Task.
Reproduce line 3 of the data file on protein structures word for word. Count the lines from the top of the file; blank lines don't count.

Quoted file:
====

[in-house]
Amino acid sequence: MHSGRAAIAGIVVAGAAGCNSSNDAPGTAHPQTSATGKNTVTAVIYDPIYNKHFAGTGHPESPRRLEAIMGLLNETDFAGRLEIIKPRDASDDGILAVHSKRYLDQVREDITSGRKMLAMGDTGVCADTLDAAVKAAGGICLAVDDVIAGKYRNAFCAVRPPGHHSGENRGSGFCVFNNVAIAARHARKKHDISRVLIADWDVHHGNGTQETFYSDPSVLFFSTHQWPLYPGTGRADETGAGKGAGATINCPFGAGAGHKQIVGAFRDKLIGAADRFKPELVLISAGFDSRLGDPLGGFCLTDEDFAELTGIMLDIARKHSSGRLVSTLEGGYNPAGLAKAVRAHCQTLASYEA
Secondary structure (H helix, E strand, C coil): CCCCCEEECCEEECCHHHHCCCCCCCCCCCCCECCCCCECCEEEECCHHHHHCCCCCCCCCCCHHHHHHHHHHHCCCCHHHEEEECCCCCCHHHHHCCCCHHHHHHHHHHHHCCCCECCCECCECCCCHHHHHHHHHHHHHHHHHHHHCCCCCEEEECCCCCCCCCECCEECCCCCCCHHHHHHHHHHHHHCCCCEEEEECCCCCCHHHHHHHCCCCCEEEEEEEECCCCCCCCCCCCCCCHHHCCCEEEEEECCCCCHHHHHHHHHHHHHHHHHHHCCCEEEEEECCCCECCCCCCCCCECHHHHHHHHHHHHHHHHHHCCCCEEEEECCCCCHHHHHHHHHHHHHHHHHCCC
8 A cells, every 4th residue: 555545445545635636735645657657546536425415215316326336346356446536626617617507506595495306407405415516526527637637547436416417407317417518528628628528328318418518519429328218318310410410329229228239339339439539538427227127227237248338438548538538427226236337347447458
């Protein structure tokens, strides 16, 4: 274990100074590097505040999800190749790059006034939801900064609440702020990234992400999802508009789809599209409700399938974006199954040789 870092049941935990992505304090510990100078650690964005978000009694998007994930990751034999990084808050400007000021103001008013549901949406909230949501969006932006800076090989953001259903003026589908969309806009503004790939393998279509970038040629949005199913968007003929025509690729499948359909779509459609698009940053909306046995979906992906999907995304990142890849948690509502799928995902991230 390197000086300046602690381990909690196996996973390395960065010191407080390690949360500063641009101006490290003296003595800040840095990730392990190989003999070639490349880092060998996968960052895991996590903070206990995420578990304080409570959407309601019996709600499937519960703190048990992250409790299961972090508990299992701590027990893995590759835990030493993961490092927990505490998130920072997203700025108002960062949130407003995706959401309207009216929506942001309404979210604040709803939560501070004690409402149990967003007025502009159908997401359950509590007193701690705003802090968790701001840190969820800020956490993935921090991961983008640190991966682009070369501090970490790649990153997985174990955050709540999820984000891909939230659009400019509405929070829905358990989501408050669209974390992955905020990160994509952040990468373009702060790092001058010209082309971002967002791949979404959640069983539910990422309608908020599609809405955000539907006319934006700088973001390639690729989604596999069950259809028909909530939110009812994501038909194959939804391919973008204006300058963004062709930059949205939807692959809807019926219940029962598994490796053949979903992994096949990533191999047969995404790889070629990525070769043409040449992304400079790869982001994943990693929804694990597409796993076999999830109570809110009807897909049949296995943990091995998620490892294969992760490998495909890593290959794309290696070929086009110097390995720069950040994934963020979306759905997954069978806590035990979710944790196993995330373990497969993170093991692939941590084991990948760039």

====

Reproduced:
Secondary structure (H helix, E strand, C coil): CCCCCEEECCEEECCHHHHCCCCCCCCCCCCCECCCCCECCEEEECCHHHHHCCCCCCCCCCCHHHHHHHHHHHCCCCHHHEEEECCCCCCHHHHHCCCCHHHHHHHHHHHHCCCCECCCECCECCCCHHHHHHHHHHHHHHHHHHHHCCCCCEEEECCCCCCCCCECCEECCCCCCCHHHHHHHHHHHHHCCCCEEEEECCCCCCHHHHHHHCCCCCEEEEEEEECCCCCCCCCCCCCCCHHHCCCEEEEEECCCCCHHHHHHHHHHHHHHHHHHHCCCEEEEEECCCCECCCCCCCCCECHHHHHHHHHHHHHHHHHHCCCCEEEEECCCCCHHHHHHHHHHHHHHHHHCCC